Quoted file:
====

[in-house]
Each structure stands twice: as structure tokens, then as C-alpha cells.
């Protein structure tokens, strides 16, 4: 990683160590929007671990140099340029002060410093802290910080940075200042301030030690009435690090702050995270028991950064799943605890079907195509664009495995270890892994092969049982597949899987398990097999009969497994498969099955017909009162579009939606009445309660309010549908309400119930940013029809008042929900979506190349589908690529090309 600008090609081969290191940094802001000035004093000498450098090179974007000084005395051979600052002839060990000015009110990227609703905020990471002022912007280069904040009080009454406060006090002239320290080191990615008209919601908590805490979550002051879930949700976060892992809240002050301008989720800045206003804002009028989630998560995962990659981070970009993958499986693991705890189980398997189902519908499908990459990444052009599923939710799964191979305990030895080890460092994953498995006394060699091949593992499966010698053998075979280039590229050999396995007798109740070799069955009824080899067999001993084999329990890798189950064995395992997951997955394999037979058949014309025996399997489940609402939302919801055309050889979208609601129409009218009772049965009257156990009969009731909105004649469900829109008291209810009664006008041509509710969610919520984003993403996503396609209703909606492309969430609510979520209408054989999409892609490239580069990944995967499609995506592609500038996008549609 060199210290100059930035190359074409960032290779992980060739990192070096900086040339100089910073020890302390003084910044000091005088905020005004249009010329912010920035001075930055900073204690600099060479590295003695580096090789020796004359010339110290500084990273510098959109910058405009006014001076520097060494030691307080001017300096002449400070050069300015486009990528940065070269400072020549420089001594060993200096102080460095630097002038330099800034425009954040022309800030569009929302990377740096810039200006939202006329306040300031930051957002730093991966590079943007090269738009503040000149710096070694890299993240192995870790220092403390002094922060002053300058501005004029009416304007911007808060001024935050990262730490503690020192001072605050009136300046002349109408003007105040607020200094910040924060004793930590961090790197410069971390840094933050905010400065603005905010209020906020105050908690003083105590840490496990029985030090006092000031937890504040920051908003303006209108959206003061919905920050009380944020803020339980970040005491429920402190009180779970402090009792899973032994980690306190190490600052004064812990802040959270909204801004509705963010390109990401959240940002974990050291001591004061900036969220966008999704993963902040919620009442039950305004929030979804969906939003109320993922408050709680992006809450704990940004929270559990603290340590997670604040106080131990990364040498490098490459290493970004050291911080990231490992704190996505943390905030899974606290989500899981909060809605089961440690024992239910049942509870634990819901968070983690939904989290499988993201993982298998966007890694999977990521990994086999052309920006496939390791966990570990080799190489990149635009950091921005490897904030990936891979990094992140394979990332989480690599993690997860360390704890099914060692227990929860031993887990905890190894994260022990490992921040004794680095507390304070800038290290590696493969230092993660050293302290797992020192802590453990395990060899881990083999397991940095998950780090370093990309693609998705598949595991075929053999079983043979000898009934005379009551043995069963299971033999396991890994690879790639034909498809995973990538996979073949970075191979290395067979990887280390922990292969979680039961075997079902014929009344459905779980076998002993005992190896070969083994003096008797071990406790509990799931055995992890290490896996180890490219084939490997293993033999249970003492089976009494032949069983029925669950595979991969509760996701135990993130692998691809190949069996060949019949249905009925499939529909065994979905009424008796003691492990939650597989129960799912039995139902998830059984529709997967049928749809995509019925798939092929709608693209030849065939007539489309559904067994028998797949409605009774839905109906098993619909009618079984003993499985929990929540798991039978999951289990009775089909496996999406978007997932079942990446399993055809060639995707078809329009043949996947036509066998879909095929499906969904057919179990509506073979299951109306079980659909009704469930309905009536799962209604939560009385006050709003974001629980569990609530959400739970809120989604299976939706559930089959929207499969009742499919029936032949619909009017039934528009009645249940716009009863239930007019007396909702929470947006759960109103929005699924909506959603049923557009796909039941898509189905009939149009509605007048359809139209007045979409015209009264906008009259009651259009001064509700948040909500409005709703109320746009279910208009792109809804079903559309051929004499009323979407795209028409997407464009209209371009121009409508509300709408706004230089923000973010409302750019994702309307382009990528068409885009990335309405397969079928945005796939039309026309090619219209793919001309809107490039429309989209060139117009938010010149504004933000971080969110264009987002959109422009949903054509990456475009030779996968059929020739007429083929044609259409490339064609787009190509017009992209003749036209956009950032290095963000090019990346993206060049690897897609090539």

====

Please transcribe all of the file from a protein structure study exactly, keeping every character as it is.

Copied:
[in-house]
Each structure stands twice: as structure tokens, then as C-alpha cells.
């Protein structure tokens, strides 16, 4: 990683160590929007671990140099340029002060410093802290910080940075200042301030030690009435690090702050995270028991950064799943605890079907195509664009495995270890892994092969049982597949899987398990097999009969497994498969099955017909009162579009939606009445309660309010549908309400119930940013029809008042929900979506190349589908690529090309 600008090609081969290191940094802001000035004093000498450098090179974007000084005395051979600052002839060990000015009110990227609703905020990471002022912007280069904040009080009454406060006090002239320290080191990615008209919601908590805490979550002051879930949700976060892992809240002050301008989720800045206003804002009028989630998560995962990659981070970009993958499986693991705890189980398997189902519908499908990459990444052009599923939710799964191979305990030895080890460092994953498995006394060699091949593992499966010698053998075979280039590229050999396995007798109740070799069955009824080899067999001993084999329990890798189950064995395992997951997955394999037979058949014309025996399997489940609402939302919801055309050889979208609601129409009218009772049965009257156990009969009731909105004649469900829109008291209810009664006008041509509710969610919520984003993403996503396609209703909606492309969430609510979520209408054989999409892609490239580069990944995967499609995506592609500038996008549609 060199210290100059930035190359074409960032290779992980060739990192070096900086040339100089910073020890302390003084910044000091005088905020005004249009010329912010920035001075930055900073204690600099060479590295003695580096090789020796004359010339110290500084990273510098959109910058405009006014001076520097060494030691307080001017300096002449400070050069300015486009990528940065070269400072020549420089001594060993200096102080460095630097002038330099800034425009954040022309800030569009929302990377740096810039200006939202006329306040300031930051957002730093991966590079943007090269738009503040000149710096070694890299993240192995870790220092403390002094922060002053300058501005004029009416304007911007808060001024935050990262730490503690020192001072605050009136300046002349109408003007105040607020200094910040924060004793930590961090790197410069971390840094933050905010400065603005905010209020906020105050908690003083105590840490496990029985030090006092000031937890504040920051908003303006209108959206003061919905920050009380944020803020339980970040005491429920402190009180779970402090009792899973032994980690306190190490600052004064812990802040959270909204801004509705963010390109990401959240940002974990050291001591004061900036969220966008999704993963902040919620009442039950305004929030979804969906939003109320993922408050709680992006809450704990940004929270559990603290340590997670604040106080131990990364040498490098490459290493970004050291911080990231490992704190996505943390905030899974606290989500899981909060809605089961440690024992239910049942509870634990819901968070983690939904989290499988993201993982298998966007890694999977990521990994086999052309920006496939390791966990570990080799190489990149635009950091921005490897904030990936891979990094992140394979990332989480690599993690997860360390704890099914060692227990929860031993887990905890190894994260022990490992921040004794680095507390304070800038290290590696493969230092993660050293302290797992020192802590453990395990060899881990083999397991940095998950780090370093990309693609998705598949595991075929053999079983043979000898009934005379009551043995069963299971033999396991890994690879790639034909498809995973990538996979073949970075191979290395067979990887280390922990292969979680039961075997079902014929009344459905779980076998002993005992190896070969083994003096008797071990406790509990799931055995992890290490896996180890490219084939490997293993033999249970003492089976009494032949069983029925669950595979991969509760996701135990993130692998691809190949069996060949019949249905009925499939529909065994979905009424008796003691492990939650597989129960799912039995139902998830059984529709997967049928749809995509019925798939092929709608693209030849065939007539489309559904067994028998797949409605009774839905109906098993619909009618079984003993499985929990929540798991039978999951289990009775089909496996999406978007997932079942990446399993055809060639995707078809329009043949996947036509066998879909095929499906969904057919179990509506073979299951109306079980659909009704469930309905009536799962209604939560009385006050709003974001629980569990609530959400739970809120989604299976939706559930089959929207499969009742499919029936032949619909009017039934528009009645249940716009009863239930007019007396909702929470947006759960109103929005699924909506959603049923557009796909039941898509189905009939149009509605007048359809139209007045979409015209009264906008009259009651259009001064509700948040909500409005709703109320746009279910208009792109809804079903559309051929004499009323979407795209028409997407464009209209371009121009409508509300709408706004230089923000973010409302750019994702309307382009990528068409885009990335309405397969079928945005796939039309026309090619219209793919001309809107490039429309989209060139117009938010010149504004933000971080969110264009987002959109422009949903054509990456475009030779996968059929020739007429083929044609259409490339064609787009190509017009992209003749036209956009950032290095963000090019990346993206060049690897897609090539």